If you have a cluster of many NextJS instances running at the same time, and node1 receives a request and regenerates a static page, wouldn't node2 (not hit by any request currently) be out of sync?
Given enough time, all nodes might start to become out of sync, and have different revalidation timestamps no?

I guess it could be mitigated by having a caching layer on top, and ensuring that if node1 revalidates, then the cache will not hit node2 before the new node1 static content expires.
But will it always be the case in practice? Will this solution work if we just put a simple round-robin load-balancer on top of the cluster?
In such case 2 nodes might serve 2 different pages, randomly?

(just thinking out loud)


  • Why not using the term "TTL" instead of timeout, for a static page? caching terminology seems relevant here
  • Also, all this makes me think of the "stale-while-revalidate"/SWR (or "cache-and-network" / Apollo), pattern looks very similar
2 replies

@slorber this is happening for me. I have pm2 with multiple instances and page randomly starts showing 2 versions. Right now to fix this i have to redeploy the app.

Do you have any solution?


@nimitwalia89 unfortunately not, I don't even have a NextJS with iSSG in production, it's just something that I thought could happen. If you have the answer to this problem, I'm curious.

This is a good start imho to make static sites more accessible. However it would be ideal to be able to send some kind of trigger to the server with a flag or something in those lines that a page needs to be rebuild.

isn't it a waste of resources if you'd work with only the timeout option? (not sure how much it uses)

0 replies

Is this available with v9.3? Or is it at the proposal stage?

1 reply

It's still a proposal

Thank you @timneutkens ,
I tested and its a great feature. But can we do something with query parameter in getStaticProps

if in URL query parameter has '?refresh=1'
const refresh = 1; return { unstable_revalidate: refresh, props: { item } }

and when will be the stable version of it.

6 replies

One of the reasons that we didn't add this into the spec initially is that it would need vendor lock-in in order to work on a hosting provider, eg we can make this work with next start and on but it's increasingly hard to get right when working with other CDN solutions (providing querystring values that is).

Overall the ideal solution is reading the querystring values client-side.


Yes, But actually I am looking to create a CMS where user can publish their own content from SSR to SSG. So my idea is when the parameter will pass in URL then the page will update with updated data just like cache refresh. It is working nice in background but I am looking for this solution so that user will know exactly what he is publishing


Oh I see, we're going to add additional features to force regenerating pages (as discussed in above threads) after this lands. What you're looking for in particular is preview mode which is currently available:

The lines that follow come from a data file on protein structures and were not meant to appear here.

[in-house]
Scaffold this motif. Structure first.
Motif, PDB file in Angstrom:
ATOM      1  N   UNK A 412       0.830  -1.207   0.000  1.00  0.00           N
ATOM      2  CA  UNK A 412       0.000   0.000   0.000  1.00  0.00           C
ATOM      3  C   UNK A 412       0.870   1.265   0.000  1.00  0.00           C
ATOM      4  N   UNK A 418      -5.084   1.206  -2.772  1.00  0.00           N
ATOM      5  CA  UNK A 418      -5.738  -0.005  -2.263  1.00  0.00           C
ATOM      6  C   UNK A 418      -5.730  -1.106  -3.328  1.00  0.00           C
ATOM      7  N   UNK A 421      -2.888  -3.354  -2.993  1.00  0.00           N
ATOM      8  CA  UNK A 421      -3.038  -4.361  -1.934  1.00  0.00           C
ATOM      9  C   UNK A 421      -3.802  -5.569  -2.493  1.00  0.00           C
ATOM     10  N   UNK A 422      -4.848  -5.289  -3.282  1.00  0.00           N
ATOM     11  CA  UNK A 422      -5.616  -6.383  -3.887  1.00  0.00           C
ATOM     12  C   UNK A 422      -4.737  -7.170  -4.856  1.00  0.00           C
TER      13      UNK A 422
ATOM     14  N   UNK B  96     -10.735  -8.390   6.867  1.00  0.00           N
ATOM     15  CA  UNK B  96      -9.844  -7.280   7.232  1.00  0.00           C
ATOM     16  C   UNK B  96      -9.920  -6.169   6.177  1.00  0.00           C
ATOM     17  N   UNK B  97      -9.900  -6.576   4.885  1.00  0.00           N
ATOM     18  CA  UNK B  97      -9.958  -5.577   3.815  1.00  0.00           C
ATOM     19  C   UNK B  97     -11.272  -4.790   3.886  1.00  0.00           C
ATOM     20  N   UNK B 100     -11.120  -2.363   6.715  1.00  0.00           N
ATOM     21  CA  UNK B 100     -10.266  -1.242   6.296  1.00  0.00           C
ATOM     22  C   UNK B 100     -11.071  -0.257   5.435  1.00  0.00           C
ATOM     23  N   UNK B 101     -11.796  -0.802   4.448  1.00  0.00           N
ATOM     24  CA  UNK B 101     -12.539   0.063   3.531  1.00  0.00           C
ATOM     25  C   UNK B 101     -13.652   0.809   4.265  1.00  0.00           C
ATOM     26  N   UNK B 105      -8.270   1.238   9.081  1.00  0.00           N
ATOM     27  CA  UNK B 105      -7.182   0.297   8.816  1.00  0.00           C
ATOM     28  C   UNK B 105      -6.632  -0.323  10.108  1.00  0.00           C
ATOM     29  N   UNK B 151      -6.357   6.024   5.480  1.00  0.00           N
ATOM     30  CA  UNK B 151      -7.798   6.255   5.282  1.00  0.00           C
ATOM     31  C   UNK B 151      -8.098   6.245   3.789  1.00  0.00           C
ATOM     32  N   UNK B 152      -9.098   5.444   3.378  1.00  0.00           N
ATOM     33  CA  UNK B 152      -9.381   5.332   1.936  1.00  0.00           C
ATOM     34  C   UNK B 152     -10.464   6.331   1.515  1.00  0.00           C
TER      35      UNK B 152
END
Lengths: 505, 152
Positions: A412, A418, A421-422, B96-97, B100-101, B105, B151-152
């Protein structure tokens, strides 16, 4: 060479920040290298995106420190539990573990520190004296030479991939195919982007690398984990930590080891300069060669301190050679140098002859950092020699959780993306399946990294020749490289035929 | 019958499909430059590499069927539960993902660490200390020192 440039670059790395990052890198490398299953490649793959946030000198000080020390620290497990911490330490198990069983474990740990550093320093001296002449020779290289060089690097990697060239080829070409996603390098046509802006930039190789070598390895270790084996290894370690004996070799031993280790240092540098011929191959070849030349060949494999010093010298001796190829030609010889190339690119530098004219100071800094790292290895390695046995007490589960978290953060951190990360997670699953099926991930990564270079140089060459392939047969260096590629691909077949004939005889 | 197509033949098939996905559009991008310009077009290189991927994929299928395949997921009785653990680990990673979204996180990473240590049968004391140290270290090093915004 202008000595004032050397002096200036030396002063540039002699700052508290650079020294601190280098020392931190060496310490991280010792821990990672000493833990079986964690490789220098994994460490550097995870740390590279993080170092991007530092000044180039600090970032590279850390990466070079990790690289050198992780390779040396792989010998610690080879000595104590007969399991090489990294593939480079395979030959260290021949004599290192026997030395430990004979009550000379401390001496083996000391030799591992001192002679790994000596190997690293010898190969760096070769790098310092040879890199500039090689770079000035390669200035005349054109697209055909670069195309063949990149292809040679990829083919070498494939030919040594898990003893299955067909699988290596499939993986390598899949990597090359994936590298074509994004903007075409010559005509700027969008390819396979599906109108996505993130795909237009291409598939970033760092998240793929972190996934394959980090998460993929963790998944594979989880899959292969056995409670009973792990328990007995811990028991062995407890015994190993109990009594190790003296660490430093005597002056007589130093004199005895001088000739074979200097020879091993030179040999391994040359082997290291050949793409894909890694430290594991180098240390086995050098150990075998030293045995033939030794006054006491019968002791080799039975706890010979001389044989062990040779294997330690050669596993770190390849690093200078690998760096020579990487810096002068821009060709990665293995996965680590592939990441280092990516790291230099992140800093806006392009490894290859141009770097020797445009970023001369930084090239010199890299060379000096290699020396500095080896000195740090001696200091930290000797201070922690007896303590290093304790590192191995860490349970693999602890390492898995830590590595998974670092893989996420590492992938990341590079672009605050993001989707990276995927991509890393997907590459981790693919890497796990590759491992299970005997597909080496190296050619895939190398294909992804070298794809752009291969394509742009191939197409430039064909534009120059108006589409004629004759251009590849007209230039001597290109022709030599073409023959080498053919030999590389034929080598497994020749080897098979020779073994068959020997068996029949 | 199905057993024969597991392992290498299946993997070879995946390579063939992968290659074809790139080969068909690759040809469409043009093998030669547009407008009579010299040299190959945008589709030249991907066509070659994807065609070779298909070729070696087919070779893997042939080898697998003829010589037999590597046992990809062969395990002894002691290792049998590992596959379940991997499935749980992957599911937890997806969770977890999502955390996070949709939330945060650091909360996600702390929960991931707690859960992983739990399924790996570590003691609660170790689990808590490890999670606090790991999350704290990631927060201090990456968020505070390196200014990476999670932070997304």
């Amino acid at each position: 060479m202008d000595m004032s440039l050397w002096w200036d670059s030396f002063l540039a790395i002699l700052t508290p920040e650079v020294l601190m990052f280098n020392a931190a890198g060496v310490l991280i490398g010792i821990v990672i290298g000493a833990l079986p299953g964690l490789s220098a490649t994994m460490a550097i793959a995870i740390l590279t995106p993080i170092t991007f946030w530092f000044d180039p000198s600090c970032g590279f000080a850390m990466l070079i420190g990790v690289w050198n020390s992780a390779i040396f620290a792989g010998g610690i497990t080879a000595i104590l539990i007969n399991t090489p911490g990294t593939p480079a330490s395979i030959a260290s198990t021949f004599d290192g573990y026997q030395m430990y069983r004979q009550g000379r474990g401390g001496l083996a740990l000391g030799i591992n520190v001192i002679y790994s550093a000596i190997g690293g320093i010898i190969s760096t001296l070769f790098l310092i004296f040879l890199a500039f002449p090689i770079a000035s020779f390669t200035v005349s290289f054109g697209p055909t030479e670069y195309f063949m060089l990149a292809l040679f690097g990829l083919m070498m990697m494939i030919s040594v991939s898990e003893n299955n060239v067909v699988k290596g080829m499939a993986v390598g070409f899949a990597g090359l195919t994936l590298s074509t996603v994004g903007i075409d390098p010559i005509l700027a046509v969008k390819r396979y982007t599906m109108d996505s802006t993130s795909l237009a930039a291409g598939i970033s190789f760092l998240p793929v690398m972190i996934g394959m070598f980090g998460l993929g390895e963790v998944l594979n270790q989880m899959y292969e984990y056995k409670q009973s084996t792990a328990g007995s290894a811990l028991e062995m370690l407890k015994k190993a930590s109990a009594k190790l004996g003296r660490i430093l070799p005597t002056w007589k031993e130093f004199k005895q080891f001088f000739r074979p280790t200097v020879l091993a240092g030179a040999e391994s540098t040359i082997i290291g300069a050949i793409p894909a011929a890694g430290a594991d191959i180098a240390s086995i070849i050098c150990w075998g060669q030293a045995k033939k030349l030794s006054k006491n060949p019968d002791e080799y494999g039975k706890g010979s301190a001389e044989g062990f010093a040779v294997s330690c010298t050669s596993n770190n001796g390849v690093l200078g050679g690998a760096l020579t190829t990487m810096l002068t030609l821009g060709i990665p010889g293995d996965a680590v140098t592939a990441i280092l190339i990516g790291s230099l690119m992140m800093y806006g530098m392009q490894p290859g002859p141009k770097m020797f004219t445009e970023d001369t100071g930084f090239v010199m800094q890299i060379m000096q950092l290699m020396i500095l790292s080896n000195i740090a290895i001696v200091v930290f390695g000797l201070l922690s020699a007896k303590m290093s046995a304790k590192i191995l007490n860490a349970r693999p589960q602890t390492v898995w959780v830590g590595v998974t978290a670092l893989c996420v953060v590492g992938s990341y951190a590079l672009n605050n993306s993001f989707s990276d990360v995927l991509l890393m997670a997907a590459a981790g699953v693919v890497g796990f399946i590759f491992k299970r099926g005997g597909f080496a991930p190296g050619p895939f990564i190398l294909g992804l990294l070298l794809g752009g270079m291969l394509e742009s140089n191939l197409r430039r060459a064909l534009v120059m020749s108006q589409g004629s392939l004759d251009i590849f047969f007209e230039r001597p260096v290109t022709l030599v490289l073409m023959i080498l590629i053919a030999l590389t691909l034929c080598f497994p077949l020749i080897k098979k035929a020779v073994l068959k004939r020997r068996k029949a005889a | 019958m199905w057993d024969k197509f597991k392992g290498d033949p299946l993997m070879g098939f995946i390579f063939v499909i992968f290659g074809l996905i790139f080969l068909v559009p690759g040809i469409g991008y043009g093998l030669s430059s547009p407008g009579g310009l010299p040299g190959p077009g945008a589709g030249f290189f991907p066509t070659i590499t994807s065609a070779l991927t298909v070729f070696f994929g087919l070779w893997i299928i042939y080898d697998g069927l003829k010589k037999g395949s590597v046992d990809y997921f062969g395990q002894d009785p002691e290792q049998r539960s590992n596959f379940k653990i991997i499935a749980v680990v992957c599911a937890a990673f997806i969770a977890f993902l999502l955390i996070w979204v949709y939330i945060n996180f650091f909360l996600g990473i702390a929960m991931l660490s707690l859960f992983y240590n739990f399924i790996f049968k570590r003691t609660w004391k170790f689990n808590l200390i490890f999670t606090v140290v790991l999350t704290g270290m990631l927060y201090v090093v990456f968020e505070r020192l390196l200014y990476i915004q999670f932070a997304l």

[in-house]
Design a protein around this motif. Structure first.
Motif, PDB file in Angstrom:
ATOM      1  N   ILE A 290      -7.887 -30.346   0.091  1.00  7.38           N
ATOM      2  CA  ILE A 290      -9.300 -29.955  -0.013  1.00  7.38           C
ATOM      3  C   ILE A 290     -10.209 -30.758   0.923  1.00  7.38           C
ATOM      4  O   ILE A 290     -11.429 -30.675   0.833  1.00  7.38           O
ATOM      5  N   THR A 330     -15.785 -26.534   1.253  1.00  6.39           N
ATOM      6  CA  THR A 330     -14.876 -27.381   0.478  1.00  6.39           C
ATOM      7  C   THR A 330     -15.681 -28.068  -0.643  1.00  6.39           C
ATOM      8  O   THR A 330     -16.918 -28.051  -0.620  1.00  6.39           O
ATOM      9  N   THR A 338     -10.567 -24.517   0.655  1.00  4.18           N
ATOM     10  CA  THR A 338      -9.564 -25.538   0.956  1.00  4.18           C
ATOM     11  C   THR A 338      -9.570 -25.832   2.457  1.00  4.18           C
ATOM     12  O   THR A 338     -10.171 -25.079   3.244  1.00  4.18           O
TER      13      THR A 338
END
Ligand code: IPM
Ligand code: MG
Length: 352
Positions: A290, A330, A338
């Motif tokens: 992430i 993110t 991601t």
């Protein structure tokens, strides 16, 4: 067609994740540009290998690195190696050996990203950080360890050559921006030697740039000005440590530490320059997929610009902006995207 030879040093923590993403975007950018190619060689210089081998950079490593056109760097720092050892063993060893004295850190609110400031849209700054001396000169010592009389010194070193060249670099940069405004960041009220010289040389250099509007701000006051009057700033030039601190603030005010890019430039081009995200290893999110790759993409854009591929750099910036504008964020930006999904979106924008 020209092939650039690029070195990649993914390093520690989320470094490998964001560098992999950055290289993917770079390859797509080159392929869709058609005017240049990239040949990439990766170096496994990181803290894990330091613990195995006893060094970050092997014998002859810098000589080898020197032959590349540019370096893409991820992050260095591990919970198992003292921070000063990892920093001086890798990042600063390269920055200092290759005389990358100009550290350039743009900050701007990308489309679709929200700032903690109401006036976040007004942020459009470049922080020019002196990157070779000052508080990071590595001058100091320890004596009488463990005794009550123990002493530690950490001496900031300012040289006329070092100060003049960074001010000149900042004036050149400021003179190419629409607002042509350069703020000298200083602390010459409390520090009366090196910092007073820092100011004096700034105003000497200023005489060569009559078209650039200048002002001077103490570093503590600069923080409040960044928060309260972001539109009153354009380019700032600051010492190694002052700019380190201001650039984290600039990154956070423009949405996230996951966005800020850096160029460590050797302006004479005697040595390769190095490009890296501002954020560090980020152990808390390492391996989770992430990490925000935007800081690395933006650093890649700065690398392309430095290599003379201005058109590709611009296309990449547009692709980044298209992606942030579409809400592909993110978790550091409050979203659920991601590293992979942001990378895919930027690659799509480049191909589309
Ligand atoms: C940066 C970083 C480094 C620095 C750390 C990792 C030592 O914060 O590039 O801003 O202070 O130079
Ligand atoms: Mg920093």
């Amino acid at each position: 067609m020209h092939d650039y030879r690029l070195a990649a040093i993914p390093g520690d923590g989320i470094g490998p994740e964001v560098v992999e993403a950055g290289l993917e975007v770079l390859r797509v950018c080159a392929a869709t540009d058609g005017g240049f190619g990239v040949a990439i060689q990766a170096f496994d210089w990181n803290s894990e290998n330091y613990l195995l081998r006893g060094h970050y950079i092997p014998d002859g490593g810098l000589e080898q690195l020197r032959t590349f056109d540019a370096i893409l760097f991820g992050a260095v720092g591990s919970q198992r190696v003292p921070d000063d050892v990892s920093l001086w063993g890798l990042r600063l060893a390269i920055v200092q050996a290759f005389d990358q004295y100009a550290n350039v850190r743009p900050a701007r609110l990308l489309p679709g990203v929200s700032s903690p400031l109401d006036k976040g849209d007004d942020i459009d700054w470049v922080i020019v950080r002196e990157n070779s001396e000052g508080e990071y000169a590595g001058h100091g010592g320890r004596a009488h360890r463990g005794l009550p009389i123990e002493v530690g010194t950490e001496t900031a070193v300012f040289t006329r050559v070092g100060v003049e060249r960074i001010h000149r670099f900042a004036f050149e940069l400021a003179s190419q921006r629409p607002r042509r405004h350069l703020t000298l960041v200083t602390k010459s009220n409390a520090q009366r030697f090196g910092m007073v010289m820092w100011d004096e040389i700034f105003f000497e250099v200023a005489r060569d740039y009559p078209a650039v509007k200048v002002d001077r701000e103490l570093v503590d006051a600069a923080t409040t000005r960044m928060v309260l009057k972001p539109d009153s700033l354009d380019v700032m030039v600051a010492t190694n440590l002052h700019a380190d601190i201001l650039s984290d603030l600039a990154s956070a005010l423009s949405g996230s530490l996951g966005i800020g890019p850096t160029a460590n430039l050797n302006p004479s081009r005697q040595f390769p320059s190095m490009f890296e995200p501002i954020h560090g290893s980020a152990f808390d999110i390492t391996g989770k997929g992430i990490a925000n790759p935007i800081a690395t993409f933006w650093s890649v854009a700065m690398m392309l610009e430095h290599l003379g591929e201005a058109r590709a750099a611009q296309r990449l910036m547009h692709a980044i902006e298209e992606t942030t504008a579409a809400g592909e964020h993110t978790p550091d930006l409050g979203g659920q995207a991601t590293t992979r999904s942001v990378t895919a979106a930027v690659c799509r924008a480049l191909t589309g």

Hey everyone! There's been a lot of discussion here about programmatically purging routes that have been generated with ISR. We're happy to share we're actively working on this now 😄 We've spent the time since this feature launched evaluating options and have come up with a solution we think you'll love.

Stay tuned! 🚀

68 replies

I love to see this feature as I am also looking for the same.


yay! this is exciting.


This will change everything 🤩

I am using ISR but adding new blogs, editing doesn't seem to be working on the production.

// /blogs/[slug].js

export async function getStaticProps({ params }) {
  const res = await api.get(`/api/v1/blogs/${params.slug}`);
  const blog =;
  return { props: { blog }, revalidate: 60 };
export async function getStaticPaths() {
  const res = await api.get("/api/v1/blogs");
  const blogs =;
  const paths = => ({
    params: { slug: item.slug },
  return { paths, fallback: false };
1 reply

"fallback:false" means that only pregenerated pages are available. Try fallback:true or fallback:'blocking' and check docs again

Is it possible to specify the location of the generated pages? At the moment SSG can be manually uploaded to S3 on build time, but pages generated from ISR are stored on the server, and it is becoming unmanageable as we're generating 70Gb of cached pages per day.

1 reply

Is it even possible to cache page generated with ISR when not hosting on vercel or it should always be served from .next/server ?

I'm using revalidate on my blogging website, but I've run into a huge caveat. The problem is that next/link client-side transitions do not trigger the revalidation. They always get the pre-built / pre-fetched json props. They never trigger the getStaticProps again. Even worse, the prefetched json is cached on client, so even if you transition to a page that has been revalidated by some other request, you still get stale client-cached pre-fetched data. A user might get stuck on a stale version of your website page for ever.

Can we have a way to trigger page revalidation with client-side transitions using next/link ?

I had to update my whole website to use regular <a> tags instead of client-side transitions, to make sure pages will be revalidated.

Anyone else facing this?

7 replies

Here fighting with the very same issue. I'll stay listening for some solution.